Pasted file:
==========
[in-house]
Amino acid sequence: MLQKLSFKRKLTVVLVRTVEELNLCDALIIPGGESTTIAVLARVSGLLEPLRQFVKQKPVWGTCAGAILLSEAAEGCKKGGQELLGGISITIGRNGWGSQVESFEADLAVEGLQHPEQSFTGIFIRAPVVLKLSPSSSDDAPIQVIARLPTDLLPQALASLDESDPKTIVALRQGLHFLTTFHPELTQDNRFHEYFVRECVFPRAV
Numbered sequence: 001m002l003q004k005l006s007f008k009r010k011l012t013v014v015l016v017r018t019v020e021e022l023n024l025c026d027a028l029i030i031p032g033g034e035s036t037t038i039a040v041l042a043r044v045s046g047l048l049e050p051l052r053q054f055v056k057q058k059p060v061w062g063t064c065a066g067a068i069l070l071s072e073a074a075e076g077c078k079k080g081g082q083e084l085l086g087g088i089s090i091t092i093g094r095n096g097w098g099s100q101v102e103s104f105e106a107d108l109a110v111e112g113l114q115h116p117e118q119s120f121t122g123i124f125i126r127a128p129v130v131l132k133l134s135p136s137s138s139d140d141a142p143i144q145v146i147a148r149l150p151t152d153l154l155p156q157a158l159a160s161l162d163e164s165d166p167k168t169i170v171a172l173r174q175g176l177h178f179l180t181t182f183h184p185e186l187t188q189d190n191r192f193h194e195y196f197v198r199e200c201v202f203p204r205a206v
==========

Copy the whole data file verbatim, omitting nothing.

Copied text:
[in-house]
Amino acid sequence: MLQKLSFKRKLTVVLVRTVEELNLCDALIIPGGESTTIAVLARVSGLLEPLRQFVKQKPVWGTCAGAILLSEAAEGCKKGGQELLGGISITIGRNGWGSQVESFEADLAVEGLQHPEQSFTGIFIRAPVVLKLSPSSSDDAPIQVIARLPTDLLPQALASLDESDPKTIVALRQGLHFLTTFHPELTQDNRFHEYFVRECVFPRAV
Numbered sequence: 001m002l003q004k005l006s007f008k009r010k011l012t013v014v015l016v017r018t019v020e021e022l023n024l025c026d027a028l029i030i031p032g033g034e035s036t037t038i039a040v041l042a043r044v045s046g047l048l049e050p051l052r053q054f055v056k057q058k059p060v061w062g063t064c065a066g067a068i069l070l071s072e073a074a075e076g077c078k079k080g081g082q083e084l085l086g087g088i089s090i091t092i093g094r095n096g097w098g099s100q101v102e103s104f105e106a107d108l109a110v111e112g113l114q115h116p117e118q119s120f121t122g123i124f125i126r127a128p129v130v131l132k133l134s135p136s137s138s139d140d141a142p143i144q145v146i147a148r149l150p151t152d153l154l155p156q157a158l159a160s161l162d163e164s165d166p167k168t169i170v171a172l173r174q175g176l177h178f179l180t181t182f183h184p185e186l187t188q189d190n191r192f193h194e195y196f197v198r199e200c201v202f203p204r205a206v